Got a feeling 19 is going to be a good year — especially if you’re a fan of The Who.
The as-yet-unfinished album will mark The Who’s first since 2006’s Endless Wire, which arrived four years following the untimely passing of longtime bassist John Entwistle and served as the long awaited follow-up to their 1982 album, It’s Hard – and a sequel to Pete Townshend’s 1993 solo record Psychoderelict.
Townshend described the new material as “dark ballads, heavy rock stuff, experimental electronica, sampled stuff and cliched Who-ish tunes that began with a guitar that goes yanga-dang.” Daltrey will record vocals later this year with the intention of a 2019 release.
The desire to make a new album was spurned on by a lucrative tour offer from Live Nation, according to Rolling Stone. “I said I was not going to sign any contracts unless we have new material,” Townshend explained. “This has nothing to do with wanting a hit album. It has nothing to do with the fact that the Who need a new album. It’s purely personal. It’s about my pride, my sense of self-worth and self-dignity as a writer.”
Beyond featuring new music, the tour will see The Who joined nightly by a local symphony. Daltrey told Rolling Stone that the idea stemmed from his own recent solo tour in which he plays The Who’s Tommy with the accompaniment of an orchestra. “I’ll be 75 years old in March and this feels like a dignified way to go and do music,” he remarked. “That’s all we’re really left with. We’re old men now. We’ve lost the looks. We’ve lost the glamour. What we’re left with is the music and we’re going to present it in a way which is as fresh and powerful as eve.”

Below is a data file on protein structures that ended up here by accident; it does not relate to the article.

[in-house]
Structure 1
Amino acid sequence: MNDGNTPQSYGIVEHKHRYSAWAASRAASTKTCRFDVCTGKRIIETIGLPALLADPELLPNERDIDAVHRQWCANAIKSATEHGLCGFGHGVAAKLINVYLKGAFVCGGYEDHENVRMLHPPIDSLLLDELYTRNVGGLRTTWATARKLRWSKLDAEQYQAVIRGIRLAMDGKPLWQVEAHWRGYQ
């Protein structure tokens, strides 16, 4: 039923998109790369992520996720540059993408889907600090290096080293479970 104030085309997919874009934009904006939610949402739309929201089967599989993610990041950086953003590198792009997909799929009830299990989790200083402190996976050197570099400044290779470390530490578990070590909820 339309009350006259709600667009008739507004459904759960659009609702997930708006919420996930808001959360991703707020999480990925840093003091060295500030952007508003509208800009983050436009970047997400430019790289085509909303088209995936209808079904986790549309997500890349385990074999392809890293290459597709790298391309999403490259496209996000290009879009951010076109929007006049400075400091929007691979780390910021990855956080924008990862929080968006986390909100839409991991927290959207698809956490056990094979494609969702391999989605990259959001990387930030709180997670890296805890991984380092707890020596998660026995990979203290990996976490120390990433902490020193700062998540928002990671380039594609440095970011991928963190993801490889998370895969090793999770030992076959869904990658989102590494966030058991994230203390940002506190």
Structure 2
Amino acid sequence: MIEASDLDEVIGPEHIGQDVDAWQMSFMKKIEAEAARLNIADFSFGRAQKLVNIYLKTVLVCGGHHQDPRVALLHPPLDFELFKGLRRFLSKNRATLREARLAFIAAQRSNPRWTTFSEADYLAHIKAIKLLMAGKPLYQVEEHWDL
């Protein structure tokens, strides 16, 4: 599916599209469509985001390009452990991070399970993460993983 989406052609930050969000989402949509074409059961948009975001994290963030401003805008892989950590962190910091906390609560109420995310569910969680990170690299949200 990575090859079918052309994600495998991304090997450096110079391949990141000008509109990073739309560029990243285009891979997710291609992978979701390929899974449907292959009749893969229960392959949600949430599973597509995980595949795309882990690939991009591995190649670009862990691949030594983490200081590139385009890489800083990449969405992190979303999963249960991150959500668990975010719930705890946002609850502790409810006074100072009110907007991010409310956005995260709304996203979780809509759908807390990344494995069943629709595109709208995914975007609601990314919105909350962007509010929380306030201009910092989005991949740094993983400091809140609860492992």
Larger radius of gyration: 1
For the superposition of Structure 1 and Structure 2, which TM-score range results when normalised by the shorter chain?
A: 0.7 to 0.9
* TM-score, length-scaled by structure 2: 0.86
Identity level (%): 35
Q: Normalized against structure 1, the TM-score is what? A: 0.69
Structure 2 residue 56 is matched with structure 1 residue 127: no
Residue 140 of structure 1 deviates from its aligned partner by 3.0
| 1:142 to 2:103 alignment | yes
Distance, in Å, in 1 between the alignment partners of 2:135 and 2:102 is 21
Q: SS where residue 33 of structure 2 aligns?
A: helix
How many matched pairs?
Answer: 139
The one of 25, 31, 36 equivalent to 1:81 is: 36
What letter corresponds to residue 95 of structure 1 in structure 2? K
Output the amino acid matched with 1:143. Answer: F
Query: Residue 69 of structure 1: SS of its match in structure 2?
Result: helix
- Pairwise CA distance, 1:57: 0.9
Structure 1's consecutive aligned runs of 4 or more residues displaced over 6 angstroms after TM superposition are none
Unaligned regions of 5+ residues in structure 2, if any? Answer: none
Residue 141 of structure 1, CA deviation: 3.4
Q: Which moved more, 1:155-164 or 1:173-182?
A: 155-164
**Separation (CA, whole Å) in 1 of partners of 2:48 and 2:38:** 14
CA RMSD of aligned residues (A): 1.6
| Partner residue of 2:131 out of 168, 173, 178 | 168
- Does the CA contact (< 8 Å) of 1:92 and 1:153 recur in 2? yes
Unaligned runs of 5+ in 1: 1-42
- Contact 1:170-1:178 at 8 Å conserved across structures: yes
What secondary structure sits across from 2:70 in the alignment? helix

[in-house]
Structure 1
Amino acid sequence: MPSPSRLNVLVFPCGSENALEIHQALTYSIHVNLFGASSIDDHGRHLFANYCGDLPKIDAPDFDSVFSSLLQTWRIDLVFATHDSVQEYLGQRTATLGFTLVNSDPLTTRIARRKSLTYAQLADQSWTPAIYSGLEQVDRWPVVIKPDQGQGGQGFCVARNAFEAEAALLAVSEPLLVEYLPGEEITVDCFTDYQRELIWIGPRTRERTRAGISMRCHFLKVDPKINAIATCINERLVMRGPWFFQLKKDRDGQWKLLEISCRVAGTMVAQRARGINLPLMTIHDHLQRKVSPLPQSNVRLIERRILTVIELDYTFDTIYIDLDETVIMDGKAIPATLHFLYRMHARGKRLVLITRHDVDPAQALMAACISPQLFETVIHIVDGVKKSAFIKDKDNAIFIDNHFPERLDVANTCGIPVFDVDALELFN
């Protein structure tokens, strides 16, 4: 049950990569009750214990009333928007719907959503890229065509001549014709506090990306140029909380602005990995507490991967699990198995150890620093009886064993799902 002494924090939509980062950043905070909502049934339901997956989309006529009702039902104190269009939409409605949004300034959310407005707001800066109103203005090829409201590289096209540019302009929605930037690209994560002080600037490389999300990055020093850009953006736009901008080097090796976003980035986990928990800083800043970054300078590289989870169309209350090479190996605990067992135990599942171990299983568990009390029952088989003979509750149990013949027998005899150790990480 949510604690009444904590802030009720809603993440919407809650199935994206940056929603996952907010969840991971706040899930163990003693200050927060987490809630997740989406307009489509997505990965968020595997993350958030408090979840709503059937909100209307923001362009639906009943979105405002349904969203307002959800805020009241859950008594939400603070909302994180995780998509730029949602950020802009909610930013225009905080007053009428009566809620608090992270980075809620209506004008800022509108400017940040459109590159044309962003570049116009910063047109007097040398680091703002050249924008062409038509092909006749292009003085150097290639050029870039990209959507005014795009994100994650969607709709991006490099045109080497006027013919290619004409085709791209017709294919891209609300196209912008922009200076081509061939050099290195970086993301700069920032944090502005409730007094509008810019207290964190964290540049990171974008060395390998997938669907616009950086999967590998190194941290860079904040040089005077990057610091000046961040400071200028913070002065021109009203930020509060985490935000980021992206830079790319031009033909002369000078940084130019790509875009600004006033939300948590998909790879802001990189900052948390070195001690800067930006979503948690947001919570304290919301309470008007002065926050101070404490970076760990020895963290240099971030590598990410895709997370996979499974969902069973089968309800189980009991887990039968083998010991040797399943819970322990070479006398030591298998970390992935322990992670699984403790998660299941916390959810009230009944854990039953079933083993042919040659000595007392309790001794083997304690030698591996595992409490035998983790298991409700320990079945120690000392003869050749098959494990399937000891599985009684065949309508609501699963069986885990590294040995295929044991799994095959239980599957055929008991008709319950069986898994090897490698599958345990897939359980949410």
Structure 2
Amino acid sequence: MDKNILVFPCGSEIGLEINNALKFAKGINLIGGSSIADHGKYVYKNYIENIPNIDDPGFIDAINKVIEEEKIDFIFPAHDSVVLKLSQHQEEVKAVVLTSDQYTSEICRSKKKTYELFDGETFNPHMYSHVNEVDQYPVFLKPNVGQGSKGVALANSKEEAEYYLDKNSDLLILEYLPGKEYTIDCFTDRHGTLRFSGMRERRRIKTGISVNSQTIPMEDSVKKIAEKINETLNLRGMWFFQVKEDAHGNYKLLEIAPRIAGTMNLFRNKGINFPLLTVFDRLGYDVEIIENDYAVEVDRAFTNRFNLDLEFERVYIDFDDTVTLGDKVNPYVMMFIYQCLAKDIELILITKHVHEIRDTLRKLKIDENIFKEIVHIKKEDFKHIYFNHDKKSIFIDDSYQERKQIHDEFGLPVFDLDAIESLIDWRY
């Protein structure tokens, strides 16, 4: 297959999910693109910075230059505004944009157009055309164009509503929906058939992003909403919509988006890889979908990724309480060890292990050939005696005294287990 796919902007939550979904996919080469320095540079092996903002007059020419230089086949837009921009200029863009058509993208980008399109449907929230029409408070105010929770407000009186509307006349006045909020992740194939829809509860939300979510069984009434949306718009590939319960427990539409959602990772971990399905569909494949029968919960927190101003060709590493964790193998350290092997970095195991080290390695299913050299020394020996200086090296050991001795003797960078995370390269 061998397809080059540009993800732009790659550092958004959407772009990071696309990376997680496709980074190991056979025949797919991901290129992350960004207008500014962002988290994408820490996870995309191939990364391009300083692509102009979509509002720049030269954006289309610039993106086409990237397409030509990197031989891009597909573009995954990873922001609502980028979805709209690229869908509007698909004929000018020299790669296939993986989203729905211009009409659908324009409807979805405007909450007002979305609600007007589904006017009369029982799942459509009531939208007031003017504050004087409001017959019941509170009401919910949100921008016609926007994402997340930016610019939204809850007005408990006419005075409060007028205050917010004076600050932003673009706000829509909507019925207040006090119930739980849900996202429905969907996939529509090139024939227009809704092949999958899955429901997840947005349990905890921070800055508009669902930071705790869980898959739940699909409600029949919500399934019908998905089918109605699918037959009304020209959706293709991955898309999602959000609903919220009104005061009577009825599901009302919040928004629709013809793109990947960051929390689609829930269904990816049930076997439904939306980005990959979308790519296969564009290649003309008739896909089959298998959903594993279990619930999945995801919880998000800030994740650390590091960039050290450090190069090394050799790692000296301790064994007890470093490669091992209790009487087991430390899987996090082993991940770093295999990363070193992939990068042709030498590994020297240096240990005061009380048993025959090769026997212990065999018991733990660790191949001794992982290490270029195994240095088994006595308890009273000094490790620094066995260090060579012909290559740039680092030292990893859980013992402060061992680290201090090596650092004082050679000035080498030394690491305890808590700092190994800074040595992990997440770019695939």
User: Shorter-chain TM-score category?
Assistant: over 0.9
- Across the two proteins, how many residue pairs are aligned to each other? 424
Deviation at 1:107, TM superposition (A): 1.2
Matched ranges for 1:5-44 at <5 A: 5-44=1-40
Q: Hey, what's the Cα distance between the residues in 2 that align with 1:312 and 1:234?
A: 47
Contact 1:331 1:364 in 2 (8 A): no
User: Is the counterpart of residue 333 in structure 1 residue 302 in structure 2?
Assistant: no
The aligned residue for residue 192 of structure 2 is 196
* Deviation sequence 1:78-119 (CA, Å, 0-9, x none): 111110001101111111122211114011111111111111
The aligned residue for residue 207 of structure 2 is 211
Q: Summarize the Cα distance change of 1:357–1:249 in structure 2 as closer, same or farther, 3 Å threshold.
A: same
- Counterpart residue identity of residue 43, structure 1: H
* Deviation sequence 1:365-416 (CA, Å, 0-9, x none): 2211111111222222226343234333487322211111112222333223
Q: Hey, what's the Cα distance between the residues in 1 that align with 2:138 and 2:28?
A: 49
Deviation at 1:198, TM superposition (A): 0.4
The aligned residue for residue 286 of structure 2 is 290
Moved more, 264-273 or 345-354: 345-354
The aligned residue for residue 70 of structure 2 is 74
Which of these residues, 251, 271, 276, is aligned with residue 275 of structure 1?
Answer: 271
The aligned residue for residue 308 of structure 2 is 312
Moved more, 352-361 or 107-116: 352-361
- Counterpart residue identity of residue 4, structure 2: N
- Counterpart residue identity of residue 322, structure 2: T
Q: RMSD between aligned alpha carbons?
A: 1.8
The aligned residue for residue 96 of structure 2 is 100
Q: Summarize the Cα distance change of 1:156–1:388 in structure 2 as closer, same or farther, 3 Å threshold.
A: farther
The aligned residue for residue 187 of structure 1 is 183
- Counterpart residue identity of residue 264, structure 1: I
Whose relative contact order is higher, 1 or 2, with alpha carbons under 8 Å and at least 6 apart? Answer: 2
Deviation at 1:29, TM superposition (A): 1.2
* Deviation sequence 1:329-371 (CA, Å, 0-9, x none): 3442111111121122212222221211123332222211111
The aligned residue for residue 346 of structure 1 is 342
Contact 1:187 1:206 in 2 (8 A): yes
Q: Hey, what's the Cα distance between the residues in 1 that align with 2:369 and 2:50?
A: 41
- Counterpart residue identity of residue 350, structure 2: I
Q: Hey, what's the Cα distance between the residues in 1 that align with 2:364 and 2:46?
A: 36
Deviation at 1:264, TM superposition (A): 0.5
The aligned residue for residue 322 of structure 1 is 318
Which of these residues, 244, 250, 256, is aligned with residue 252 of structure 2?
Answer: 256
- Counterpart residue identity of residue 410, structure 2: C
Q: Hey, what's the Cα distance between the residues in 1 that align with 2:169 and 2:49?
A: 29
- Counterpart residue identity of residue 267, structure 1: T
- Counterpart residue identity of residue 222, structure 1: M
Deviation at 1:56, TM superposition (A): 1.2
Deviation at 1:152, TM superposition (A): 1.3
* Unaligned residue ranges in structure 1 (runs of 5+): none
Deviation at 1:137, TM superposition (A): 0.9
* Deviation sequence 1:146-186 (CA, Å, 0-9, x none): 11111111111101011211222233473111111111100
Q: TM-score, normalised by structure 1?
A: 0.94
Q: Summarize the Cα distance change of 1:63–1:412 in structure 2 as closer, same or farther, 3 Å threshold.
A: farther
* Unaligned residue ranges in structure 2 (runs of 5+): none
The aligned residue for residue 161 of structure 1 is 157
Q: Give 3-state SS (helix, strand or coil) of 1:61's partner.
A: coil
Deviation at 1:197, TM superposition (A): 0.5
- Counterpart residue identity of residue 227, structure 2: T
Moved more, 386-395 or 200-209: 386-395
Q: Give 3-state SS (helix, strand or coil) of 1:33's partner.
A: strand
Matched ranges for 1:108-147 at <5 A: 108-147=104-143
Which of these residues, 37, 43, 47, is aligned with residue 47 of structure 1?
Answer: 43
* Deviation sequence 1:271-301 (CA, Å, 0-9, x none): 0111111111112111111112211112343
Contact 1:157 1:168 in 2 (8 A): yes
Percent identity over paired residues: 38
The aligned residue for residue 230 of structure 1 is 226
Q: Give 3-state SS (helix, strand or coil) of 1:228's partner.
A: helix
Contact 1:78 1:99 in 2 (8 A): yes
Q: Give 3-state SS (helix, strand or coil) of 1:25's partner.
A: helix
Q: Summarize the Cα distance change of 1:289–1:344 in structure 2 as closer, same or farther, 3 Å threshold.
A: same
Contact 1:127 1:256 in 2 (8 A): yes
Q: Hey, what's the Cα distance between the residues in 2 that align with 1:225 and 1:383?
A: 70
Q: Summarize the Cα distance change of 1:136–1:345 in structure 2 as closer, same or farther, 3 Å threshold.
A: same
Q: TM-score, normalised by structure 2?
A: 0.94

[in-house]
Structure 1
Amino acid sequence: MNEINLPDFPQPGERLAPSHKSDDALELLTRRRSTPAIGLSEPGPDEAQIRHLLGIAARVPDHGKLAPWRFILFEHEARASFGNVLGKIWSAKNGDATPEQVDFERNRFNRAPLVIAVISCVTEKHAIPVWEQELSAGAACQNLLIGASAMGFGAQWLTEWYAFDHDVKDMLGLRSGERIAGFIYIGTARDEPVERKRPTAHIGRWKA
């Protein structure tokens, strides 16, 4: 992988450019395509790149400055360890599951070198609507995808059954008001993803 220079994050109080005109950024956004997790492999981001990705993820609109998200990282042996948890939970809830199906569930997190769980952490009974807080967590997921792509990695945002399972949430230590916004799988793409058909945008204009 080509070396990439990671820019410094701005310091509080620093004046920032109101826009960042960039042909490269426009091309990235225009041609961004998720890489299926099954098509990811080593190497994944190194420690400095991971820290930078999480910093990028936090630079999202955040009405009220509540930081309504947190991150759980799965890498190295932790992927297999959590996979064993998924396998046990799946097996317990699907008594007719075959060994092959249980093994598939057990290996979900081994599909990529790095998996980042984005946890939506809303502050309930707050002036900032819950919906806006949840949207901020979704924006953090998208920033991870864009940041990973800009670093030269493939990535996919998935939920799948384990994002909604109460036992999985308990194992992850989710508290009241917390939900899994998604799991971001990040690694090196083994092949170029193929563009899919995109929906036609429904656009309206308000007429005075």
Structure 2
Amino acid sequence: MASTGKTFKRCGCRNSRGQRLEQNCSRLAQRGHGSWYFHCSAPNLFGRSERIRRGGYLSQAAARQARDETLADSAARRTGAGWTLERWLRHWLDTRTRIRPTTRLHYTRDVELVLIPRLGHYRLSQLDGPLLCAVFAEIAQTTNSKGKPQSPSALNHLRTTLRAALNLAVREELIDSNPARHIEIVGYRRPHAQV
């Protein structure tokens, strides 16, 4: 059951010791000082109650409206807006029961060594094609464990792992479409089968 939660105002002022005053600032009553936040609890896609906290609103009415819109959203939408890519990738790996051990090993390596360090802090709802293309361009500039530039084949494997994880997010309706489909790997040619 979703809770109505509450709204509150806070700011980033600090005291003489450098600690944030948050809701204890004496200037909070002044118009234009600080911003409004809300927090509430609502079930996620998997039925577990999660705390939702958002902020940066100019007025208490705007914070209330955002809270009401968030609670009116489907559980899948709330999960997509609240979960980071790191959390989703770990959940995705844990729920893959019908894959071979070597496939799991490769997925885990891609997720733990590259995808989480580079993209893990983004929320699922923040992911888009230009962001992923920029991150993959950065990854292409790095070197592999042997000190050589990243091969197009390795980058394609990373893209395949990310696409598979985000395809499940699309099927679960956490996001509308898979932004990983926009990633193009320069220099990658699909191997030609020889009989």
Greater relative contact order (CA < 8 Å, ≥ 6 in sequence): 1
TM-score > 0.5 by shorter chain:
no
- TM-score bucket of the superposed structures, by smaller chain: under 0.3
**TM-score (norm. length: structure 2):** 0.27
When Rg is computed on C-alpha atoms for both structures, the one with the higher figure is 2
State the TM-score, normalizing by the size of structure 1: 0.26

The 31-date North American tour will consist of two separate legs, the first of which will take place in April, with a second leg following in September. Specific details will be announced shorty.
Daltrey also suggested that the forthcoming tour may be his last. “I think it is always a mistake to ever say ‘farewell,’ but this will possibly be my last tour,” Daltrey remarked. “I’m just being realistic about going through the 75th year of my life. I have to be realistic that this is the age I am and voices start to go after a while. I don’t want to be not as good as I was two years ago.”
If that weren’t enough, The Who’s longtime manager, Bill Curbishley, has revealed that a long-gestating Keith Moon biopic is finally moving forward. While speaking to BBC Radio (via Best Classic Bands) on Thursday, Curbishley said: “We’ve talked to Roger about that for 20 years but we’re finally there,” he added. “He’s had a couple of scripts over the years that didn’t really suit, but since I got involved with him we went through a couple of different scriptwriters and we’ve settled on a writer called Jeff Pope.”
Pope recently wrote the screenplay for Stan & Ollie, and also co-wrote 2013’s Philomena with the great Steve Coogan. As for who he sees playing Moon, Curbishley wisely suggested that “I’ve fixed on it really being an unknown.”